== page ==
Machines et inventions approuvées par l'Académie Royal des Sciences - Tome Premier - 1735
Machines et inventions approuvées par l'Académie Royal des Sciences is a series of volumes of inventions approved by the Royal Academy of Sciences in Paris during the French Renaissance. This was a time period before patents. The six volumes cataloged inventions from 1666 to 1734 published in 1735 (M. DCC. XXXV) and an additional seventh volume (Tome Septieme) published in 1777 (M. DCC. LXXVII) that included inventions from 1734 to 1754. The Tome Premier included inventions drawn and published with the consent of the Academy, by M. Gallon (Jean-Gaffin Gallon 1706-1775) from 1666 to 1701. Publisher: Antoine-Chrétien Boudet (1715-1787). Volumes 1, 2, 4, 5 and 6 by Boudet are in the Virtual Technology Museum collection along with fully bound volumes 1, 2, 4, 5 and 6 published by Gabriel Martin (1679-1761), Jean-Baptiste Coignard (1667- July 20, 1735) and Hippolyte-Louis Guerin (1698-1765)No item selected No item selected
Watermarks Dates and Date of Printing Mystery
An interesting discovery was made on some pages of the Antoine Boudet volume -- watermarks with dates. The title page indicates that the volume was printed in 1735, yet on page 26, a fold-out engraving, was found the common watermark for both the Antoine Boudet and Gabriel Martin versions, that of a grape cluster with ribbon (les raisons) symbol. But on the Antoine Boudet volume the word "FIN" (the end in English) and what appears to be the date 1789 were added into the wire mesh of the paper making frame along with the grape cluster with ribbon .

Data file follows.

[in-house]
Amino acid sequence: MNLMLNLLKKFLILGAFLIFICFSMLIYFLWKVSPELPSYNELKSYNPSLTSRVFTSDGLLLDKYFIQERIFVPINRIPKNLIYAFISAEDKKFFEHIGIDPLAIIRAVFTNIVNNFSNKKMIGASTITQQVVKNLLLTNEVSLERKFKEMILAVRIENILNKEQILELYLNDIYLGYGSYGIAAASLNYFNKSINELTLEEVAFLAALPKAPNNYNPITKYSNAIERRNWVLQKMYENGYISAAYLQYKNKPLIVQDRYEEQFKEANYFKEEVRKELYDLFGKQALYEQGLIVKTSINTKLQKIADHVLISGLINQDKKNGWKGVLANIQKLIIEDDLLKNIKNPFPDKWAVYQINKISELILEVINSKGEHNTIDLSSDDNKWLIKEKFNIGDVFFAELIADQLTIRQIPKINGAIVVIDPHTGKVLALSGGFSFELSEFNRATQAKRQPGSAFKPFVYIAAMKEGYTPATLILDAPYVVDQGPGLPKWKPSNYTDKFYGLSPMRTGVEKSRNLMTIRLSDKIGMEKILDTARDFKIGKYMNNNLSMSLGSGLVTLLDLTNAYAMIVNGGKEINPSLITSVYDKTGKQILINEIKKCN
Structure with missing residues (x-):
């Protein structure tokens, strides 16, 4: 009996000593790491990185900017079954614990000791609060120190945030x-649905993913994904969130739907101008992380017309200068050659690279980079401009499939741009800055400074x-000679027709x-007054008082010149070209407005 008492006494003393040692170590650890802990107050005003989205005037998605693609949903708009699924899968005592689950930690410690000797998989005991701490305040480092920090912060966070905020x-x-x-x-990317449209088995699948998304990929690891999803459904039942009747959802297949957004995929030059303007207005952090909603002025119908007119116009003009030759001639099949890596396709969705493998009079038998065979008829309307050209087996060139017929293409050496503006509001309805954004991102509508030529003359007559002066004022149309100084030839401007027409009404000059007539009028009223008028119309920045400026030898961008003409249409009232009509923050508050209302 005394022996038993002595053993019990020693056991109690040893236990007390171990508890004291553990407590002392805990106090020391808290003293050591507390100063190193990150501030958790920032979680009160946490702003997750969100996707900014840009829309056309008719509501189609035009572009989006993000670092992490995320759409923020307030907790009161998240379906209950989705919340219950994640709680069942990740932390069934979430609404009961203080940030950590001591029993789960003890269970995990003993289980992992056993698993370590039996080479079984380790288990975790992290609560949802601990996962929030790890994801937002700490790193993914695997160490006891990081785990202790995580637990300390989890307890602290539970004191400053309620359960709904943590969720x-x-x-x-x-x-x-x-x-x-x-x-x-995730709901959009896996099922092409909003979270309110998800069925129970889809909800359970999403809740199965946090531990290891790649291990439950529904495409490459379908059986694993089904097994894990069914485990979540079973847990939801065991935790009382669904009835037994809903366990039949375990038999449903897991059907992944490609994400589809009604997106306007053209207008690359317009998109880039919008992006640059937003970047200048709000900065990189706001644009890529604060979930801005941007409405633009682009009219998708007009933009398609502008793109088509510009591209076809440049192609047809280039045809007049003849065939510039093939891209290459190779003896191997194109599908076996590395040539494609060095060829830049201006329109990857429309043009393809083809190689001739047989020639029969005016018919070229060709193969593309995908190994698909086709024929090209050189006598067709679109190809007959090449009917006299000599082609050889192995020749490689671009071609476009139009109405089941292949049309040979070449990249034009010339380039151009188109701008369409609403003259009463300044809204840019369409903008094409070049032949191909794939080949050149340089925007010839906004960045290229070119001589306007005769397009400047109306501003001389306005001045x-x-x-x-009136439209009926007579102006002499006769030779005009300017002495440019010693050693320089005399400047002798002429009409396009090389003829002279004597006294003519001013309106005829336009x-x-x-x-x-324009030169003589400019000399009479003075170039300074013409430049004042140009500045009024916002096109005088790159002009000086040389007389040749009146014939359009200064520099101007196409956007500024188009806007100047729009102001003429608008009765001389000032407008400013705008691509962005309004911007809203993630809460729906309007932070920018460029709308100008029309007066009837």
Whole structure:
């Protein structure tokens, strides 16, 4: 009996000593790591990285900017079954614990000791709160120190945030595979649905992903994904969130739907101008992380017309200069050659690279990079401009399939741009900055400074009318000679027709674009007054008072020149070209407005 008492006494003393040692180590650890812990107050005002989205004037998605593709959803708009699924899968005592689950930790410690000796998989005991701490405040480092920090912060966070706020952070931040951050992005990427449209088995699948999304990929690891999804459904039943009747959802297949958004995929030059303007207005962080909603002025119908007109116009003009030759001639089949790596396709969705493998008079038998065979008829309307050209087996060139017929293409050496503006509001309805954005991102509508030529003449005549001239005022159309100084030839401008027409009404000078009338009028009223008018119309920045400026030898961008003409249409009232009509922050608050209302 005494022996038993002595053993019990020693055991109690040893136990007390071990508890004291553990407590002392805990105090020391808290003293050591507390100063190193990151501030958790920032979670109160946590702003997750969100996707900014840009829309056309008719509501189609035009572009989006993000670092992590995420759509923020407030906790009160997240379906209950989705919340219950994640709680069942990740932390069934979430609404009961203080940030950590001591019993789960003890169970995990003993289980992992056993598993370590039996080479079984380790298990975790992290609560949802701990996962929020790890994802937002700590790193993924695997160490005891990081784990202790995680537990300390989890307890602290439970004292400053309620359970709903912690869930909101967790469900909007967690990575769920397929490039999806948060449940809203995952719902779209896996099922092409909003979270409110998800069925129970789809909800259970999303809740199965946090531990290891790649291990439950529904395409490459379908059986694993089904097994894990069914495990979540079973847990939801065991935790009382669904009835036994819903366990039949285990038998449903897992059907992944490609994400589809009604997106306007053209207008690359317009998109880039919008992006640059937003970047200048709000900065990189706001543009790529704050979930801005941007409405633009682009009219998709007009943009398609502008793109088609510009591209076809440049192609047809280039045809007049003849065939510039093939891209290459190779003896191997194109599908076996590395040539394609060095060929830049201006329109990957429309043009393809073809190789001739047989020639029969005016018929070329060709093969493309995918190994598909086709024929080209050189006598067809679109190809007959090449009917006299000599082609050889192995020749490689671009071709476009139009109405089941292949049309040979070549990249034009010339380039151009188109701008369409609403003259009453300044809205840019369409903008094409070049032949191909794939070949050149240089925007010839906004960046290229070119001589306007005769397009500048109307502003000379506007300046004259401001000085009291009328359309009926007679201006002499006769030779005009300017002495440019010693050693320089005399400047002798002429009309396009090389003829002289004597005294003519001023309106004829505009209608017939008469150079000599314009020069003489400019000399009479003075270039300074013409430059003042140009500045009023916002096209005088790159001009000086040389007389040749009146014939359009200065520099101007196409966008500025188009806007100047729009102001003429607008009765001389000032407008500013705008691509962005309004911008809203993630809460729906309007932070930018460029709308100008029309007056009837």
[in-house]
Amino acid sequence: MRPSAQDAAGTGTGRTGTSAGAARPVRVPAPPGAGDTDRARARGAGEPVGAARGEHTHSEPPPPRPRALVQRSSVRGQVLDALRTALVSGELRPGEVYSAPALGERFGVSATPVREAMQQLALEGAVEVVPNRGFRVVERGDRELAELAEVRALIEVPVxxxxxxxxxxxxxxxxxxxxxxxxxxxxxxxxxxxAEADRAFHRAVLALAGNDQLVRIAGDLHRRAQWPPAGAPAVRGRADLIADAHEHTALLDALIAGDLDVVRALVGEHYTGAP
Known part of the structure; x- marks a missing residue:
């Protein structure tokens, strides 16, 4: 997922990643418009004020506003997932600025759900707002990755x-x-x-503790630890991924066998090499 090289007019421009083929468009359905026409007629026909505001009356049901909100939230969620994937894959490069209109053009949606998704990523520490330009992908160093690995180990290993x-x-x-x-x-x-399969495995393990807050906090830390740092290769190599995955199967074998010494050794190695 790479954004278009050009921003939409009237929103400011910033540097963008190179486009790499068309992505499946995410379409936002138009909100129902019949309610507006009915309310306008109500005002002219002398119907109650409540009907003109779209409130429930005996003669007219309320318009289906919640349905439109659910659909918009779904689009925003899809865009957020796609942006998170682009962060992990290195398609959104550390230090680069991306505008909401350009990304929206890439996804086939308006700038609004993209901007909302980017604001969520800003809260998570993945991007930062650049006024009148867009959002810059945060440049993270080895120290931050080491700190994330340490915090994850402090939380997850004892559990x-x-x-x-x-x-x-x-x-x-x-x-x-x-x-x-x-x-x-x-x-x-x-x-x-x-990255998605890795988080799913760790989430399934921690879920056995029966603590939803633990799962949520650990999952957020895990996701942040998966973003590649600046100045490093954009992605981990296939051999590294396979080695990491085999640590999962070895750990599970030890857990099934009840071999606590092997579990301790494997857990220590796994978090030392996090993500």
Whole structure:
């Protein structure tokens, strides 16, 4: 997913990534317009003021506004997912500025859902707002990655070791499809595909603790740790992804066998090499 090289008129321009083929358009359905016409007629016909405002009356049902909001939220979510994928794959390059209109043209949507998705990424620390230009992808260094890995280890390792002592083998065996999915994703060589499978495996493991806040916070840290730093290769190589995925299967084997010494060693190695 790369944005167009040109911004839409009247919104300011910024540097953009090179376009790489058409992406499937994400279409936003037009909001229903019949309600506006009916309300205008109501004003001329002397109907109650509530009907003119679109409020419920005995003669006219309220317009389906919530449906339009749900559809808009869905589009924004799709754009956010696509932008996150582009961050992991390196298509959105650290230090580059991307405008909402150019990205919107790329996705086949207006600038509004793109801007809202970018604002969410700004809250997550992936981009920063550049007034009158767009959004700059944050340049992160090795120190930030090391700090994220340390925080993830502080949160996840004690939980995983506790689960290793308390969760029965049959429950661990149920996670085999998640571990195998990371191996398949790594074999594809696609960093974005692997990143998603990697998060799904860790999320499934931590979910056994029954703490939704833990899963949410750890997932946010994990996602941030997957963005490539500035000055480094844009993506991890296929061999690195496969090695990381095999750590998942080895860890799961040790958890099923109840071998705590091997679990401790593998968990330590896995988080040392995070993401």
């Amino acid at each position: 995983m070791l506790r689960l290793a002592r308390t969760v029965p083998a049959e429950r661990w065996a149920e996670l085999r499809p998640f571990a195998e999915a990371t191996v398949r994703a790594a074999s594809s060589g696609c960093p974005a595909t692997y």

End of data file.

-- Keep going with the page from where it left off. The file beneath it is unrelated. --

1789 is the date of the Storming of the Bastille and beginning of the French Revolution. Merely speculation, but was the paper actually made in 1789 or was the papermaker echoing the prediction by Michel de Nostredame (December 1503 - July 1566) of the Storming of the Bastille well ahead of the paper's date of production?
The title page has a watermark with a logo of "J. Toussaint" and the date 1774. "In 1774, Louis XVI of the Bourbon family of kings ascended the throne of France. He was 20 years old and married to the Austrian princess Marie Antoinette. Upon his accession, the new king found an empty treasury. Long years of war had drained the financial resources of France." There is a 15 year difference in the dates, 1774 and 1789, laid into wire mesh of the paper making frames for these two sections adding further mystery to the origins of this volume.
This may call into question the date that this volume was printed. Could the plates have been preserved from 1735 and then later used to print the volume(s) after 1774 or perhaps after 1789? That is a 39 year or 54 year difference in publication date and watermark dates. An examination of a Gabriel Martin published Tome Premier version in the Virtual Technology Museum collection has revealed the same grape cluster watermarks present on many pages but without any dates .
Mme. Ve Courcier appears to have had possesion of this volume as her nameplate is pasted inside the front cover. Mme. Courcier is a third generation woman-owned publisher and bookseller in Paris. She published, printed and sold many scientific books in the early 1800s.